THE world was treated to a rude shock recently when the news of the deaths of 26 Nigerian women was broken. The women, in their teens, were reportedly murdered in their attempt to cross the Mediterranean. The reports further suggested that the women, whose bodies were recovered at the sea, may have been s3xually abused. The bodies of the women, aged between 14-18, were reportedly kept in a refrigerated section of a Spanish warship, Cantabria, which was also carrying other 375 migrants among whom were Sub-Saharan Africans from Nigeria, Senegal, Ghana, Gambia and Sudan. Among them were 90 women – eight of them pregnant – and 52 children. The incident is a microcosm of the ordeals Sub- Saharan Africans undergo in their quest to migrate to Italy and other European countries from the Trans- Saharan route in search of greener pasture. The ugly stories of the migrants are laced with violence, including torture and s3xual abuse, by the gangs.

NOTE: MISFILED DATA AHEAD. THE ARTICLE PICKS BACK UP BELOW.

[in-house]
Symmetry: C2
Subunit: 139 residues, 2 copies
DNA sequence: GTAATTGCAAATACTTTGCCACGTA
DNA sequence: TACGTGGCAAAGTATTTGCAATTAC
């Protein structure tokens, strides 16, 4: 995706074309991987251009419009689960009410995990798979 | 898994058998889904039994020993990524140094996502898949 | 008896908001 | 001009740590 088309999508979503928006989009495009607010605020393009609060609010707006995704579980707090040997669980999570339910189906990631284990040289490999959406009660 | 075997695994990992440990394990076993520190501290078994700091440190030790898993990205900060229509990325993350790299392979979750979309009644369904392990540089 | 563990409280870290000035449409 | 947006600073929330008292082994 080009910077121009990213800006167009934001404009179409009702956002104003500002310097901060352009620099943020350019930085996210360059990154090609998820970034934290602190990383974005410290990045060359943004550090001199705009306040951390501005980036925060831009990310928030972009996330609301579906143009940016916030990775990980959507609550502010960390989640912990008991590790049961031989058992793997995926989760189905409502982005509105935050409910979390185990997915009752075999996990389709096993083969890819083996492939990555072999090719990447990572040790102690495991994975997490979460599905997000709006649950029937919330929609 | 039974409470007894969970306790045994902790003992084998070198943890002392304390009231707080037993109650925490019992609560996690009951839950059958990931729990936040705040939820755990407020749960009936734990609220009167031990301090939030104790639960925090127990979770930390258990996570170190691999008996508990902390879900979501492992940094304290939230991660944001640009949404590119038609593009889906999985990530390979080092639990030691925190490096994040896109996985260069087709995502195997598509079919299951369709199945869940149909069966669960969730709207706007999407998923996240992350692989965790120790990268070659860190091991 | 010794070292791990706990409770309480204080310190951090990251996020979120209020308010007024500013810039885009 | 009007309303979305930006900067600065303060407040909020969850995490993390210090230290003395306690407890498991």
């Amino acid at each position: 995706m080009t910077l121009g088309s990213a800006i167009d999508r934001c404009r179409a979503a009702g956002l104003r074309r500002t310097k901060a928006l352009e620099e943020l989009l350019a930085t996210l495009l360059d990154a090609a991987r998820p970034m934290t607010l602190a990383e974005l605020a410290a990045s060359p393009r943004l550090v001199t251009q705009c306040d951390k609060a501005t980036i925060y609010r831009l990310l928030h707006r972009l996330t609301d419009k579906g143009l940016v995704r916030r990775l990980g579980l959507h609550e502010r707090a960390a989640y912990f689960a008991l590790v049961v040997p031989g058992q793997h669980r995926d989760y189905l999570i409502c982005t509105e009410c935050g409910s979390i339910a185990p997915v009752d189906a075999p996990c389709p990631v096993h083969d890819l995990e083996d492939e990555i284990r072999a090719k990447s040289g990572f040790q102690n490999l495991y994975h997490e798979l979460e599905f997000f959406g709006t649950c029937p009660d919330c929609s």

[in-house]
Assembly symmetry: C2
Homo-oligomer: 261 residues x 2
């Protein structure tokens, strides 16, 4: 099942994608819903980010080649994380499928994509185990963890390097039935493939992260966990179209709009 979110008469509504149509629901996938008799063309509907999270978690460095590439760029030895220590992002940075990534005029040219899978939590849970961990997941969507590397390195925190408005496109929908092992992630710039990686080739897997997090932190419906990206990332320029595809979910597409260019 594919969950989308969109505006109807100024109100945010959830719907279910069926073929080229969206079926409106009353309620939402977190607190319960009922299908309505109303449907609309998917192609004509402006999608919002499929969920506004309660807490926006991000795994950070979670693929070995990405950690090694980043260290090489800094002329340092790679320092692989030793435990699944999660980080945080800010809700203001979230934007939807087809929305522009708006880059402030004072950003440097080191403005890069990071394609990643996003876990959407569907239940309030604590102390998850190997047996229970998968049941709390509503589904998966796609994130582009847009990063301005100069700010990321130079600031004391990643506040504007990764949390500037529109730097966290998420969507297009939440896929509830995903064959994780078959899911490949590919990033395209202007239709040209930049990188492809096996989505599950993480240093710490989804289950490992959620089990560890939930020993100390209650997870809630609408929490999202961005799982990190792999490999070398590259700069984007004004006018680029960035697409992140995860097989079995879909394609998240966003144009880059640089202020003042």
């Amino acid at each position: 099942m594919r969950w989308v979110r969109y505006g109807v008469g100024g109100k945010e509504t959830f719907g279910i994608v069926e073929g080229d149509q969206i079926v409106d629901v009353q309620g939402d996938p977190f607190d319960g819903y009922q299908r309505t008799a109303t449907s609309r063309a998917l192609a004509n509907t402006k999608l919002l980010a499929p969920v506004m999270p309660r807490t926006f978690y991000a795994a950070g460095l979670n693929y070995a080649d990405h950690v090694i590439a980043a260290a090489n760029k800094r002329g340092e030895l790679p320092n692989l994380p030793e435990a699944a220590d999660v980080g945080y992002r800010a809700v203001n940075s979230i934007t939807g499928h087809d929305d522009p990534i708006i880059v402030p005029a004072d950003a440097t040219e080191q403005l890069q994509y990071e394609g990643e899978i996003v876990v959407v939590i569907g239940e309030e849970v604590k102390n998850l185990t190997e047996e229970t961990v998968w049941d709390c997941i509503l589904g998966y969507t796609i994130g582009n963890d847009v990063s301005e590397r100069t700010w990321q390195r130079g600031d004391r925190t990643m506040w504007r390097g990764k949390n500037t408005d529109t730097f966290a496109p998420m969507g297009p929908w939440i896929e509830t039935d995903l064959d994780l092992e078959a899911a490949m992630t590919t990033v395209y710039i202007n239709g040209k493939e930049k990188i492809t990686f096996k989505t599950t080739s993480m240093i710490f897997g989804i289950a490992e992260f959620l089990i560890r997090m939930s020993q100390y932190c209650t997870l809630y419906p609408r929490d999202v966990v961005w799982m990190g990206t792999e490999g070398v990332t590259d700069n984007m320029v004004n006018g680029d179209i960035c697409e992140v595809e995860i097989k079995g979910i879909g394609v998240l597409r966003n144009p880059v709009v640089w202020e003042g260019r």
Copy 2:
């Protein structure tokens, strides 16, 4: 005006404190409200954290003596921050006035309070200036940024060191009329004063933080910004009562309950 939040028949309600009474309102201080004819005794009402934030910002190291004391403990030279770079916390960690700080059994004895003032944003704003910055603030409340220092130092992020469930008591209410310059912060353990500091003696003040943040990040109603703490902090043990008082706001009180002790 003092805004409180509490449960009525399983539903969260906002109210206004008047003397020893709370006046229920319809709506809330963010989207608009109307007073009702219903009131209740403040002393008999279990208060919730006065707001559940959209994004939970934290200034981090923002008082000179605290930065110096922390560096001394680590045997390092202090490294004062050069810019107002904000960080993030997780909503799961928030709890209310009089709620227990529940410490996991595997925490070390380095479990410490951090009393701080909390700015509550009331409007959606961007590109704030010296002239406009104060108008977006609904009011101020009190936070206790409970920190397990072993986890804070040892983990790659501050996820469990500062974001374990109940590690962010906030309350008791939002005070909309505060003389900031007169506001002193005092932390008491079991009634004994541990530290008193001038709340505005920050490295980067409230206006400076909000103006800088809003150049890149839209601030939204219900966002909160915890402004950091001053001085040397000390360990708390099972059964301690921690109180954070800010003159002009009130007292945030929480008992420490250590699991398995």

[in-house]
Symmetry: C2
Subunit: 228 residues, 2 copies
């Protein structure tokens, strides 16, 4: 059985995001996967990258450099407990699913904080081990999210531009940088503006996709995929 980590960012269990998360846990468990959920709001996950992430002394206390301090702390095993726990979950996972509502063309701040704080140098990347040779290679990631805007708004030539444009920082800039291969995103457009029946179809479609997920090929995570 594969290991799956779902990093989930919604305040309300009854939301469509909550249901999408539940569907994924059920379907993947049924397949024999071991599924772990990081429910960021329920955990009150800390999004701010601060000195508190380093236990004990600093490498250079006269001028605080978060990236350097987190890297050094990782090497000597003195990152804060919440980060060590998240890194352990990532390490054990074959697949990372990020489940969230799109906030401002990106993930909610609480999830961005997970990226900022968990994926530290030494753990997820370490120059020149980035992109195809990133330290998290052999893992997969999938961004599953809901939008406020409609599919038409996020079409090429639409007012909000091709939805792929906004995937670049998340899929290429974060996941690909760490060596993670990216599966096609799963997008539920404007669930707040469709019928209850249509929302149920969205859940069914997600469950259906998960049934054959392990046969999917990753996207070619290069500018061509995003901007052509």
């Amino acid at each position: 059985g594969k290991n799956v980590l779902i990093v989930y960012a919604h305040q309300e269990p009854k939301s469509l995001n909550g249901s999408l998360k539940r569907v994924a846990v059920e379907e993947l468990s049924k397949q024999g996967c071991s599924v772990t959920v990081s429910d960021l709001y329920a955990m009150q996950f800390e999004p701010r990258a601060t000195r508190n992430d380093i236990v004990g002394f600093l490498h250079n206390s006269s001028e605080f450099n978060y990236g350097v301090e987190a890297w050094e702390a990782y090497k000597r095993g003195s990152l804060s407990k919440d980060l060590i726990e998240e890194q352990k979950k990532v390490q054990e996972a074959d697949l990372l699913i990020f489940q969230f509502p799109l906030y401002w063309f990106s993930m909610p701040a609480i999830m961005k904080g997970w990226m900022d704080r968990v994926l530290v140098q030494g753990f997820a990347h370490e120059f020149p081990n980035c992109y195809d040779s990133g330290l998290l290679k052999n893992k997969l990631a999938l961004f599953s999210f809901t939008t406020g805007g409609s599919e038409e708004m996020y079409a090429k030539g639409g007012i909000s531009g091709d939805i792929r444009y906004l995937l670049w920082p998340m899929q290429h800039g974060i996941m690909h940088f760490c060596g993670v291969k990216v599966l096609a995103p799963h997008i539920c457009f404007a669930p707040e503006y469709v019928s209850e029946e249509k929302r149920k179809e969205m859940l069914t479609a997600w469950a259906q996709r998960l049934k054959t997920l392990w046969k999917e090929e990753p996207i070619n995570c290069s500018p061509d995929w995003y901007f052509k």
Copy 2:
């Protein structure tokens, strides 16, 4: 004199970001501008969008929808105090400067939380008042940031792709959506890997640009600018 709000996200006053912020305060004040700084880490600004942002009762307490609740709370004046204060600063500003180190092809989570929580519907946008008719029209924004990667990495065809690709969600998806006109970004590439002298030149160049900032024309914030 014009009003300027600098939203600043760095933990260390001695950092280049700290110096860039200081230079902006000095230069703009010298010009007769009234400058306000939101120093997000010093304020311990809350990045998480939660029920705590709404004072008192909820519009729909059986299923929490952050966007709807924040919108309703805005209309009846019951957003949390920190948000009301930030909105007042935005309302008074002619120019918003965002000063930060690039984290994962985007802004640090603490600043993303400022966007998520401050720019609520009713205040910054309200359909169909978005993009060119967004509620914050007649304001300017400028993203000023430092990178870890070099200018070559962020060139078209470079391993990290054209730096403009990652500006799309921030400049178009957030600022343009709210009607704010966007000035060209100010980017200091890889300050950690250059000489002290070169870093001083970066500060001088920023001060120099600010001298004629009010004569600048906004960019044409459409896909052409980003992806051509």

Reports from International Organisation for Migrants (IOM) reveal that from the beginning of the year till November 1,150,982 migrants arrived in southern Europe by boat from North Africa. The report further revealed that 111,552 of the migrants came via the Central Mediterranean route to Italy, and that the number who died on that route was 2,639. It also indicated that arrived in Greece, Cyprus or Spain. The total is less than half the 335,158 who arrived in the same period in 2016.It was estimated that more than 5,070 people died on migratory routes around the world with the Mediterranean alone recording 3,870 casualties. Also, the gangs that smuggle people charge each migrant about $6,000 (£4,578) to get to Italy, $4,000 of which is for Libya. It will be recalled that migration through the Sub- Saharan routes blossomed in the early 1990s and was triggered by some pressures occasioned by famines, wars, ethnic strife, economic hardship, corruption, civil unrest, among others in some parts of the world. Migrants from these countries saw this is an opportunity to escape difficult situations in their home countries.